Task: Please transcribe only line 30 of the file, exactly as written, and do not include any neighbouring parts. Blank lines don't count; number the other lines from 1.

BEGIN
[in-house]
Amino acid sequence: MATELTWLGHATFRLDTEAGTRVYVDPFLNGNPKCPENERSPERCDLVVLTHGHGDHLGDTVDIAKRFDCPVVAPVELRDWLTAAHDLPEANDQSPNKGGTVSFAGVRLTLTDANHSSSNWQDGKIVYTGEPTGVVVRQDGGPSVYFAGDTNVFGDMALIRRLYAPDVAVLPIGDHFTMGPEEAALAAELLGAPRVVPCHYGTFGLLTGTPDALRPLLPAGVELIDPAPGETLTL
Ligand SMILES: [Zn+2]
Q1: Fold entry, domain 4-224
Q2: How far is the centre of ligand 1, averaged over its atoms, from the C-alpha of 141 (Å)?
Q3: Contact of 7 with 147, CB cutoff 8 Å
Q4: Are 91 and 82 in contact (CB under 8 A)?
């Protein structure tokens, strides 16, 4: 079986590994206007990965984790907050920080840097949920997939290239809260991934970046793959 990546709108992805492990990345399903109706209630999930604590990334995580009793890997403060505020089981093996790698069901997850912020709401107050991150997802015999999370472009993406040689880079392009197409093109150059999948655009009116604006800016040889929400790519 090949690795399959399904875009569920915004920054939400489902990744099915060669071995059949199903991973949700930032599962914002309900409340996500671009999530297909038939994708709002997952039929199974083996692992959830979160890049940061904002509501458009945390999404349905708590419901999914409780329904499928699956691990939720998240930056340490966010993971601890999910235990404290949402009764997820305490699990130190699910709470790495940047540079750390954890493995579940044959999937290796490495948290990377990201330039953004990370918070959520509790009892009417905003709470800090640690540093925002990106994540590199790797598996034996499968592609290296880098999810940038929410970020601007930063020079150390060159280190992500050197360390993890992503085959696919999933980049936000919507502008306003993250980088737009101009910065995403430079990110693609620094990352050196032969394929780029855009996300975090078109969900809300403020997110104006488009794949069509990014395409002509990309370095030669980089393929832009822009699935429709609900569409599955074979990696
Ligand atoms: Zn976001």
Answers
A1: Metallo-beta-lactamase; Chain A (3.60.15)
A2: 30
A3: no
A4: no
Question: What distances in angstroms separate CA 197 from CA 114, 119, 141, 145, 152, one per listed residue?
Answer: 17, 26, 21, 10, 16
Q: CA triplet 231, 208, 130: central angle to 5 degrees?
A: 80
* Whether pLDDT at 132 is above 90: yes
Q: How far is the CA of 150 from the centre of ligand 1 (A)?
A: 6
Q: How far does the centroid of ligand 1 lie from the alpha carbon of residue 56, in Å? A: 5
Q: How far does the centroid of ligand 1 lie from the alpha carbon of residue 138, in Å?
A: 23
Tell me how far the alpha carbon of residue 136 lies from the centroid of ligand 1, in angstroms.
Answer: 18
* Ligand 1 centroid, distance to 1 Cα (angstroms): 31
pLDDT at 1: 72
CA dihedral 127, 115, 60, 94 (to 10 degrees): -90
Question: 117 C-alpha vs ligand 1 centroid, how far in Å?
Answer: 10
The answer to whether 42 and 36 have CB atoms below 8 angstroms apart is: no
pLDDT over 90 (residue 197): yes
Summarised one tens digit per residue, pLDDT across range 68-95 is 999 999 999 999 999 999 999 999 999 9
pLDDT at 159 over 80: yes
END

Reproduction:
Question: 117 C-alpha vs ligand 1 centroid, how far in Å?